Sic-Bo uses three dice, although the term "sic-bo" actually means "dice pair." A lavishly lit Sic-Bo table can be found in most casinos that have Asian Game rooms. There are many bets, all of which are explained on the gaming table.
Each number from four to seventeen is a point and after all the bets are made, the dealer "shakes" the dice container. No one in this game actually touches the dice themselves, and each game begins on a new "shake," after all the bets are placed.
In Sic-Bo you have 14 point numbers (4 to 17). Besides betting on the 3 dice totals that form the points you can also bet the following -
THREE OF A KIND - (like 6, 6, 6) (must specify which number)
TWO OF A KIND - (like 6, 6) (must specify numbers)
DUO - Two different numbers (like 4, 5) (must specify numbers)
ANY THREE - (like 5, 5, 5) (will win on any three of a kind)
SMALL - The sum is ten or less (excludes any 3 of a kind)
BIG - The sum is 11 or more (excludes any 3 of a kind)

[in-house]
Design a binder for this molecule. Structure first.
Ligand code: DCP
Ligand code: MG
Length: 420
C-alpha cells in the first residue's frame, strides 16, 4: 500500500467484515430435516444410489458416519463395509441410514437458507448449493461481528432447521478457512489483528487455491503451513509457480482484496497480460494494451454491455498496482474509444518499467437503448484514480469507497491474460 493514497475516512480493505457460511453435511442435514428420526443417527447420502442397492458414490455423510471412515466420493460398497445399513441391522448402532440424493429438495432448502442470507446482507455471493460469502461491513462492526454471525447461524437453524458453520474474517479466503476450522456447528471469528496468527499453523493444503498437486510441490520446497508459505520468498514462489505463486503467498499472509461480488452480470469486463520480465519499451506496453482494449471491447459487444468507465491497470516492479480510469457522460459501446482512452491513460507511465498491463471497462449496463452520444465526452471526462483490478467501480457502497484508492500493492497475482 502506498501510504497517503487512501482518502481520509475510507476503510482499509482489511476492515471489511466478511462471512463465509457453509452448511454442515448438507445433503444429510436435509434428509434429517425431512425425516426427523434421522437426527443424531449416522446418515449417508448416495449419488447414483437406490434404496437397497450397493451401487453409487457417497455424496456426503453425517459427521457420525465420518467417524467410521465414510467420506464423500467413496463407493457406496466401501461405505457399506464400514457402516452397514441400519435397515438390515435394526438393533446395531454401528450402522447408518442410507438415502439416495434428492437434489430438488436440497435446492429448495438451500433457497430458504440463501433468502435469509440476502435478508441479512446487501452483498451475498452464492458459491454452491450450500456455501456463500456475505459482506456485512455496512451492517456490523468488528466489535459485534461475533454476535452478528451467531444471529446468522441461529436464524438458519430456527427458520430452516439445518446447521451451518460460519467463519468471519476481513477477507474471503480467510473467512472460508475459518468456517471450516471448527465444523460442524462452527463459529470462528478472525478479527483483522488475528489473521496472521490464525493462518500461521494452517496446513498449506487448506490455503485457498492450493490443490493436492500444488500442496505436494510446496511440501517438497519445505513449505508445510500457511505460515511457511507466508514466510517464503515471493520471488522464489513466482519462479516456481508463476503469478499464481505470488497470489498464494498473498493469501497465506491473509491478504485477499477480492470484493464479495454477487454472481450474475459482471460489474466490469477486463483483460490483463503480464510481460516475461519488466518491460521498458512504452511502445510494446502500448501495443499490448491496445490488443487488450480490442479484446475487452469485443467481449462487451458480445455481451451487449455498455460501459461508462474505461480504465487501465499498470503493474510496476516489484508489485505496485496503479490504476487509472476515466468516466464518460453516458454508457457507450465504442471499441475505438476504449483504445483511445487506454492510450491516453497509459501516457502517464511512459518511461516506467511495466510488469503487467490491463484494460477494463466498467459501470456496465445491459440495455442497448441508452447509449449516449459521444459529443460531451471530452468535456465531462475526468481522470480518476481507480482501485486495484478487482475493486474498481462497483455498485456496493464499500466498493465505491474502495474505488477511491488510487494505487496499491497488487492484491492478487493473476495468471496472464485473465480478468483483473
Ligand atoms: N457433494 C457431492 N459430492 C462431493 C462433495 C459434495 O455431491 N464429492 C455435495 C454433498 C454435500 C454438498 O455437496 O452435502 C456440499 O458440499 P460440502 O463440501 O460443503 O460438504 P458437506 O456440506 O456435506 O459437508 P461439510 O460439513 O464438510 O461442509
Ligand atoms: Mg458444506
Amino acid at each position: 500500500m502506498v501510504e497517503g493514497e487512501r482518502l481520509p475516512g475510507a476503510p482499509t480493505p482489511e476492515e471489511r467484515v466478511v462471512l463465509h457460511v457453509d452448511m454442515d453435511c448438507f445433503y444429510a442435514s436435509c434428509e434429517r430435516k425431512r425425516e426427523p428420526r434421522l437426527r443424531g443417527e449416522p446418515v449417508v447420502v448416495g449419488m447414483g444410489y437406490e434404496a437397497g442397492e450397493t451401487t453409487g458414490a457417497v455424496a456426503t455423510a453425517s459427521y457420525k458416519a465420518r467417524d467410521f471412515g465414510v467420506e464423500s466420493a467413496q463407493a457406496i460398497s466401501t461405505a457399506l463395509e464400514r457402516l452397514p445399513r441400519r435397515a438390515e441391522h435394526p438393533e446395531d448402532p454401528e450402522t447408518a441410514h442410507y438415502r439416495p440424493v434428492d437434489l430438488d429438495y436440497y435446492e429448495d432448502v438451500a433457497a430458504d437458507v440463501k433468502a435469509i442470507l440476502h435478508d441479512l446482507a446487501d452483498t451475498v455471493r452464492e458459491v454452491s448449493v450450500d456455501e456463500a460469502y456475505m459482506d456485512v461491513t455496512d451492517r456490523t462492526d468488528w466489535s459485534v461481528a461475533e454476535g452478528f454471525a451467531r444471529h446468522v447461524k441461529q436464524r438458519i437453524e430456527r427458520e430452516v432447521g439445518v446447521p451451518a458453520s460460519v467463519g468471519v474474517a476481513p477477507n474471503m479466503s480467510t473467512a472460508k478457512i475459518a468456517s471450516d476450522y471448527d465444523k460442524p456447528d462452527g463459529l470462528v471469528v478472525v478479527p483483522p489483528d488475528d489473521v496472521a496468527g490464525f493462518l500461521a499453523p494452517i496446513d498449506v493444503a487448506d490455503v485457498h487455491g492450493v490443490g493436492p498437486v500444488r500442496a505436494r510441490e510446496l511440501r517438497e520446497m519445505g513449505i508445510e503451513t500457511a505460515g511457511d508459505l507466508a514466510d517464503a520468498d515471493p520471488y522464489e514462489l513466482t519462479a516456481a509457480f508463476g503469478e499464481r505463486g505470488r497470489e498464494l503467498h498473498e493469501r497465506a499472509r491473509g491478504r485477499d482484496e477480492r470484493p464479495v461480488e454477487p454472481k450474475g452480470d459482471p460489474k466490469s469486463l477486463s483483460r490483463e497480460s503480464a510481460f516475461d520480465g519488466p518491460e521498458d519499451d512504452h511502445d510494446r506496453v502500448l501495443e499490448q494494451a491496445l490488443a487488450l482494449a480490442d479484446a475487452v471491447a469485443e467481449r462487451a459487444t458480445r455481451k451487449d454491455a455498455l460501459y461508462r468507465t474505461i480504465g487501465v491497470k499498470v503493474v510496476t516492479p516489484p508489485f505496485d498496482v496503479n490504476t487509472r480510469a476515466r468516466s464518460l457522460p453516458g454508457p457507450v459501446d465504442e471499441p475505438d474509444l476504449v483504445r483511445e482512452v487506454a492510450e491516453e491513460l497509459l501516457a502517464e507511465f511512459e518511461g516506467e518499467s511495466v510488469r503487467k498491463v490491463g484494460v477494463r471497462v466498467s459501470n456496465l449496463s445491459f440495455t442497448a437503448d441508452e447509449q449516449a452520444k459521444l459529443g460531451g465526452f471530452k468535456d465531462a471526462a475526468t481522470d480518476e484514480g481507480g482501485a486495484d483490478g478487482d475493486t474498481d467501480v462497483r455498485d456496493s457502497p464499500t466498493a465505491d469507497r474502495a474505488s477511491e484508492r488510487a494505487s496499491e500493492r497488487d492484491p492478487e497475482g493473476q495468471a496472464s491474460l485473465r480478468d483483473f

ONE - Any specified number that appears on 1, 2, or 3 dice
These seven basic bets plus the 17 point numbers and more are all graphically illustrated on the beautifully lit Sic Bo table. When a decision is reached, the dealer lights up the winning combinations, removes the losing chips and pays the winners at the house odds.
Unfortunately the house odds are not standardized and may be slightly different from casino to casino.
The two bets with the lowest casino advantage are the "Big" bet and the "Small" Bet. These both provide a 2.7% house edge, which is the best you'll get in Sic-Bo.
Sic Bo is a fast moving, exciting game, but it is usually called in Chinese. Also you must exchange your chips or money for Sic Bo chips, which are similar to roulette chips. The table minimums and maximums are posted. Most people play flat bet systems on the Big and Small numbers. An easy system is to increase your bet by one unit when you win and decrease your bet by one unit when you lose.
Although the odds are better in craps, Sic-Bo is a lot of fun to play - if you can find it!
The Crapshooter © 2006 by Larry Edell